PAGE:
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Jeff Rogers

Innovation can be intimidating. After all, the word represents change and change is something many of us don’t like.

Our resistance to change can be caused by many things. Humans appreciate predictability and the ability to proceed without added stress, difficulty and conflict. We will do almost anything to avoid conflict, no matter how necessary.

However, innovation is necessary for personal and company growth, and for society to evolve. To become better, innovation is required.

Many scoff at the thought of change, growth or innovation, but that attitude is based on uncertainty, risk and fear. Many leaders and companies resist leaving their comfort zones. This is the kiss of death for executives, leaders and entrepreneurs.

Intentional action is driven by a goal and a plan to achieve the desired results. Personal and company innovation and growth are no different in principle. What’s your strategic growth and innovation plan?

If you don’t have one yet, I urge you to begin the very rewarding process of developing a unique plan for your advanced success.

Many people struggle to react to all that confronts them in life, personally and professionally. Are you one of them?

With a goal and a strategic plan to achieve it, you can deal with most things that confront you and reach the desired outcome.

It might not always work as you expect – that’s where the art of the pivot comes in. The ability to adjust is paramount to overall success in anything we do.

To be innovative, one must always be looking to improve, even when things are going well. This is proactive innovation.

To change when the crap hits the fan is reactive. By then, it’s often too late in the process and the effort to remediate becomes far more difficult. To avoid unnecessary additional pain, discomfort, financial concern, etc., get out in front of it.

Innovation and entrepreneurship are inseparable by Constantine Passaris

We often don’t attempt to get out in front of it because of the additional work it entails, the potential risk it involves, our fear of failure and pushback we get from others. The innovative headwinds are too strong and we simply don’t have the energy to face all of it. Inaction becomes the strategy.

But the process of innovation isn’t overly difficult, so get all the excuses right out of your head. If you keep thinking inaction is a valid approach, you’ll start to believe it.

Start the innovation process by asking yourself:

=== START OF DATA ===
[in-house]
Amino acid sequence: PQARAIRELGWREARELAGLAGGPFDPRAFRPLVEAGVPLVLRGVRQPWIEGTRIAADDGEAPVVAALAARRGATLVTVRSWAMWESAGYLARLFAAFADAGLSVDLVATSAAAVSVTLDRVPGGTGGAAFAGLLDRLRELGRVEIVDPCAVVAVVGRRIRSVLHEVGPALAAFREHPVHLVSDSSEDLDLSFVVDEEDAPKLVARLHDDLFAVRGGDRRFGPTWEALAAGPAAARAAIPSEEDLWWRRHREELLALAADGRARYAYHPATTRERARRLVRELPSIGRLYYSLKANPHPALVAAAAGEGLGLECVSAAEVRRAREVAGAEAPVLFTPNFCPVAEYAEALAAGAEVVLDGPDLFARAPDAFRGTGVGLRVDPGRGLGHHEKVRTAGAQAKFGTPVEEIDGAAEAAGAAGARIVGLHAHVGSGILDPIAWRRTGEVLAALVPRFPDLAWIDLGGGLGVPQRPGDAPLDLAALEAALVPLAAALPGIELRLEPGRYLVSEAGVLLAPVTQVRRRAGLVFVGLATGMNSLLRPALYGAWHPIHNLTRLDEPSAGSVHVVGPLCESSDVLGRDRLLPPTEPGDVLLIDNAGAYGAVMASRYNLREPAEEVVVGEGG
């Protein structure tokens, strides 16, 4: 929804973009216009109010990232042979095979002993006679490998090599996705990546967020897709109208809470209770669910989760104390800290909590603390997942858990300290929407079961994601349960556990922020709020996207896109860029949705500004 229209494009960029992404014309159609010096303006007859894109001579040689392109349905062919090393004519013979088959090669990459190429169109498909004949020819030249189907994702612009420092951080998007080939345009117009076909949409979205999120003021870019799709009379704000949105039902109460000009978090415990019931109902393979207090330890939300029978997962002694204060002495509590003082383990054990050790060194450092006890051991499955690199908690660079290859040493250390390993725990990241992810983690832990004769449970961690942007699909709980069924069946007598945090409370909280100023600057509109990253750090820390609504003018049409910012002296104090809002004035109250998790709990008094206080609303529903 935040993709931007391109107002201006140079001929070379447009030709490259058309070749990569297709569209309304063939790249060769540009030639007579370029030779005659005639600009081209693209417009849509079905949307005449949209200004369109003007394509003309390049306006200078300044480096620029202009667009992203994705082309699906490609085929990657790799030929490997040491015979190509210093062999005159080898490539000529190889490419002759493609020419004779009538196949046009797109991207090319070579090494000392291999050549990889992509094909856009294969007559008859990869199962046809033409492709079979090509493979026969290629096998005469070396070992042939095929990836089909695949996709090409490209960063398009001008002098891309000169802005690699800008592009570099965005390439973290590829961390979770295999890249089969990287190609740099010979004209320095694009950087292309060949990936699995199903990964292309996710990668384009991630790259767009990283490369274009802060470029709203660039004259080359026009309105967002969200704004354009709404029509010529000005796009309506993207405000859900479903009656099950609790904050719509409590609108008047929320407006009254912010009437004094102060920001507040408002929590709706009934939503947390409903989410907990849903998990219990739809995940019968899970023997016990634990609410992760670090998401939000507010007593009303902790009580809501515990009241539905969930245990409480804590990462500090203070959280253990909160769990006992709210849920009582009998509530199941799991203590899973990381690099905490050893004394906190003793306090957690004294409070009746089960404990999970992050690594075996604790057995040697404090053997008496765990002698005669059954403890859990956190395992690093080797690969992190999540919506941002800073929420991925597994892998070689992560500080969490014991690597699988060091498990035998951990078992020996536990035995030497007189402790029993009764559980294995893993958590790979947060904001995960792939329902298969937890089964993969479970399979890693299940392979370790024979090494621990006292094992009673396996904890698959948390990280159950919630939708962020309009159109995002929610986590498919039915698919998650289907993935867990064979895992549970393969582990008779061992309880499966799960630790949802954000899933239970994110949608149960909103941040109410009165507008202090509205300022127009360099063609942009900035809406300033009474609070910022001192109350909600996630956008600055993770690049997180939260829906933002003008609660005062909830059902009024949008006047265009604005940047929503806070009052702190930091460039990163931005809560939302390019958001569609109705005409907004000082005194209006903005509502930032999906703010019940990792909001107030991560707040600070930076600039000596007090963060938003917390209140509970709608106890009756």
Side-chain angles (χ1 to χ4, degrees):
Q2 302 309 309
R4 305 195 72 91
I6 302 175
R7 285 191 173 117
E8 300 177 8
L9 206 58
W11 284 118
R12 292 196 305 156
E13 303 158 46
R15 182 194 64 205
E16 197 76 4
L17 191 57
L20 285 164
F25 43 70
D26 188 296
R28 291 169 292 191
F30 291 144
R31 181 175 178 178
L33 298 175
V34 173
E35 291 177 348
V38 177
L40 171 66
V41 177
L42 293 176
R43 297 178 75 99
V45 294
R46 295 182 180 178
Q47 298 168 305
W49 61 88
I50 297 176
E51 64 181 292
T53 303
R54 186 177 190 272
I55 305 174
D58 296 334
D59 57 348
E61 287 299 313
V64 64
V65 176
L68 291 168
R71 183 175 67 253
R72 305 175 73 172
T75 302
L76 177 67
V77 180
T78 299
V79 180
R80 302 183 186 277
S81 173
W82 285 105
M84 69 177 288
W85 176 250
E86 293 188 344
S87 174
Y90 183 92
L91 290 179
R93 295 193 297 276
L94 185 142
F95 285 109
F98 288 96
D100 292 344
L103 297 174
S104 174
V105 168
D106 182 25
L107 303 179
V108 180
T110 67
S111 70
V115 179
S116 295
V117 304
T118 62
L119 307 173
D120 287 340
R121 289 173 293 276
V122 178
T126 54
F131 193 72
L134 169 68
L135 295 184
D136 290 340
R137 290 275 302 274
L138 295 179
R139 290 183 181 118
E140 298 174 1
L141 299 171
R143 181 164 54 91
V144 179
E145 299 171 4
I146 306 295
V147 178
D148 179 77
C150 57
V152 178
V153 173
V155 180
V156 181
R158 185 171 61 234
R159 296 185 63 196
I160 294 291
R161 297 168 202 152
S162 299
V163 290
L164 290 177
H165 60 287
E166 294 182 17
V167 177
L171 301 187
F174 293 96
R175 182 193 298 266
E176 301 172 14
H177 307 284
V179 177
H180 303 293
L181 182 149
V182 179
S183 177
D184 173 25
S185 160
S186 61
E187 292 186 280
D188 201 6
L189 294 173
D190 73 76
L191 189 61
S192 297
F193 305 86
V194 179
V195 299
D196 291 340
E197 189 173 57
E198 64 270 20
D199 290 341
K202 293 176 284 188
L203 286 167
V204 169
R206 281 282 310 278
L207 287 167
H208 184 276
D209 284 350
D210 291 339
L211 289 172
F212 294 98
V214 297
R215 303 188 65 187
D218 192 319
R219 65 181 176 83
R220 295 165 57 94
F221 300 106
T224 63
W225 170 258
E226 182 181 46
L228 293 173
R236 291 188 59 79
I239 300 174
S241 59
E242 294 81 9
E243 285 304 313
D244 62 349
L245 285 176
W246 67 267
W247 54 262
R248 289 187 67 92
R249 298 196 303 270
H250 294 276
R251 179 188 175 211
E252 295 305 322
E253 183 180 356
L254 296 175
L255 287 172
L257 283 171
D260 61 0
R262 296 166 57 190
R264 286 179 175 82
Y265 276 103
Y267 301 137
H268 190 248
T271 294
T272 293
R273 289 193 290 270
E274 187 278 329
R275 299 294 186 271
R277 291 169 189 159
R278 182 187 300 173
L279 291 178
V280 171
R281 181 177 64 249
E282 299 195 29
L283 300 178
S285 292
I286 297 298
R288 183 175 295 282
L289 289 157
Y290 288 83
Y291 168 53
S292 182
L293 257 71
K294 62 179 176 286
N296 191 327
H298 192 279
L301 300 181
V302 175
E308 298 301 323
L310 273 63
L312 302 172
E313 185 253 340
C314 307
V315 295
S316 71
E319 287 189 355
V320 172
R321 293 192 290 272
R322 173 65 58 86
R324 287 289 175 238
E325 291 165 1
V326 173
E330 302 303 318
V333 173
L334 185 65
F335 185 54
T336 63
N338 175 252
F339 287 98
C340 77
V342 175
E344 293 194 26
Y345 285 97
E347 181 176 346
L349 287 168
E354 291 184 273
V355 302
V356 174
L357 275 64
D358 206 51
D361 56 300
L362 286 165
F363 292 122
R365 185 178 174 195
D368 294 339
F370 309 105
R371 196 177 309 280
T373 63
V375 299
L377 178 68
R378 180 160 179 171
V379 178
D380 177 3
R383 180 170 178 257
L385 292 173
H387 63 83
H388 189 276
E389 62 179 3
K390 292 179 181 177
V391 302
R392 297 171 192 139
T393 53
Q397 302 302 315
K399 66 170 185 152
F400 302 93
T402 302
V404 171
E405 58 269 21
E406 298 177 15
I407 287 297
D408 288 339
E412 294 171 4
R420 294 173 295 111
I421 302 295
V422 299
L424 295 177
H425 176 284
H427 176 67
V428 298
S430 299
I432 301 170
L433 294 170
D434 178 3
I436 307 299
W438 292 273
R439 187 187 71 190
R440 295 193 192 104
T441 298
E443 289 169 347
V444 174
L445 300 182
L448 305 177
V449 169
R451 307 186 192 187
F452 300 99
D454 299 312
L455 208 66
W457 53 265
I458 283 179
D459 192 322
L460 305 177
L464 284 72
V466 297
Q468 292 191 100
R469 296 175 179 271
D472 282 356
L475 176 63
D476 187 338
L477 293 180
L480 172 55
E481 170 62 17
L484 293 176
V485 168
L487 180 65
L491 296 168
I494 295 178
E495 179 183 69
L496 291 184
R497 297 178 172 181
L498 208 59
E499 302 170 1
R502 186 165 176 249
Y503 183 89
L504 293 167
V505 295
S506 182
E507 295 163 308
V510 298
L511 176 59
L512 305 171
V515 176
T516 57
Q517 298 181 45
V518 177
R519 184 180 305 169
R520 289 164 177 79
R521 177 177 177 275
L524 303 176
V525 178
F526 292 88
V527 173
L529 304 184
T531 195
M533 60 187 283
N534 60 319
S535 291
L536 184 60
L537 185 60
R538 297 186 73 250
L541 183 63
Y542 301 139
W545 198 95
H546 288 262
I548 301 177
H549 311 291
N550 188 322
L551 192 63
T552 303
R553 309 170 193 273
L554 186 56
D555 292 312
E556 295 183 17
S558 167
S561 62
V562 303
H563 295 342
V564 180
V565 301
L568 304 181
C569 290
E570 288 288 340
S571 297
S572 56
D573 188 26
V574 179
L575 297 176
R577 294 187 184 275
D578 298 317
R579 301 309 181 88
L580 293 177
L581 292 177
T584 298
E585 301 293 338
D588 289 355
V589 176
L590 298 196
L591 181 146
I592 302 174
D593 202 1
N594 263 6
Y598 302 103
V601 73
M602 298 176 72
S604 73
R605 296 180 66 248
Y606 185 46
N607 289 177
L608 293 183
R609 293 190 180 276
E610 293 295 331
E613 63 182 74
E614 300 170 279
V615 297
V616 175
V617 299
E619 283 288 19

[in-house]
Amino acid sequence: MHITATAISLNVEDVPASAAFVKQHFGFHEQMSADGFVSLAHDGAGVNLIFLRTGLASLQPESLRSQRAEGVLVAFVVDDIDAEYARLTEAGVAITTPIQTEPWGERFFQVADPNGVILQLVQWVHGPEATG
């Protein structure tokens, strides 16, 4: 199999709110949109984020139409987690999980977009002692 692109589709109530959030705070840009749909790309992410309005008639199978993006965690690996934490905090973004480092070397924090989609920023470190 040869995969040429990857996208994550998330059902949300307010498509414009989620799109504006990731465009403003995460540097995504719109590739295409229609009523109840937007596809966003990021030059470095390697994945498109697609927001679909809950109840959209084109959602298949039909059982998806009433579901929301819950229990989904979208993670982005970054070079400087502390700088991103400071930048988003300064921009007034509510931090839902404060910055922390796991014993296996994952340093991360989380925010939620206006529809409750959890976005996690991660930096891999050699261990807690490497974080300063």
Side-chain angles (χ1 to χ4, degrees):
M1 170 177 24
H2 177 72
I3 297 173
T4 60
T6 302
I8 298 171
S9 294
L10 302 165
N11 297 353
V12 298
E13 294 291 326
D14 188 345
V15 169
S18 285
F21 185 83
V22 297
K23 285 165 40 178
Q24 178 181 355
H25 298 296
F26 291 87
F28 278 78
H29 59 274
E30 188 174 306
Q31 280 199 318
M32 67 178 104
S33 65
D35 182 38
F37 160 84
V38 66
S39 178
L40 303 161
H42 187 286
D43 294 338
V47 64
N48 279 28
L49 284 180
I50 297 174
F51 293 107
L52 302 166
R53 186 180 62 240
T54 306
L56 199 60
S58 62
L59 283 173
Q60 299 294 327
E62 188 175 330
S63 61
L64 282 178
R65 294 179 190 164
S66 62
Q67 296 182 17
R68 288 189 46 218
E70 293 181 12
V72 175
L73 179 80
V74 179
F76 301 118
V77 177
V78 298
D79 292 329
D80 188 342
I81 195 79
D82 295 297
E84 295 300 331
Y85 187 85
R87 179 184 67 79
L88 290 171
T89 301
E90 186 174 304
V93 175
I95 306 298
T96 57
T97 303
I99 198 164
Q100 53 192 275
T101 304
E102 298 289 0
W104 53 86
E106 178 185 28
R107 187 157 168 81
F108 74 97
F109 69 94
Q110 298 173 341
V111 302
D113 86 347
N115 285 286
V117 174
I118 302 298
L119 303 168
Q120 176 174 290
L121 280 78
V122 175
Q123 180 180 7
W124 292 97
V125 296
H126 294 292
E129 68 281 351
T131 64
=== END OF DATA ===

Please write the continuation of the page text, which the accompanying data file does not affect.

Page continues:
• Where do I want to be and when?
  • What skills do I not have to get me there?
  • Who do I need to help me get there?
  • What are the benefits when I do get there?
  • Who gets value from those benefits?
  • Why do I need to do this in the first place?
  • How do I implement and do it?
  • In what order do I do it?
  • When will I get it done?
  • How will I feel when I get there?
  • Finally, was it worth it?

In other words, innovation success requires vision.

As you begin to answer these questions, you will find clarity. You will begin to identify your benefits and acquire the motivation to succeed.

But be forewarned: not everyone will support your innovative behaviours. Many will intentionally create obstacles, say mean things, provide negative pushback and reject you.

The trick is to put your head down, roll up your sleeves and get on it! Push through the nonsense, monitor your progress, pivot as necessary and move forward at all costs.

The funny thing is, when you arrive at your destination and demonstrate the benefits of your innovative efforts, everyone wants to be your friend.

Remember who you did it for, however. You did it for you. Be your own advocate, be the brave leader out on point. Be the person you admire most. Be the absolute best you can be by taking on your future with innovative behavior.

You can do it!

Jeff Rogers is an accomplished executive business coach, entrepreneur and professional trainer who builds and empowers successful and emerging business leaders. He holds his certification by the Professional Business Coaching Alliance.

Jeff is a Troy Media contributor. Why aren’t you?

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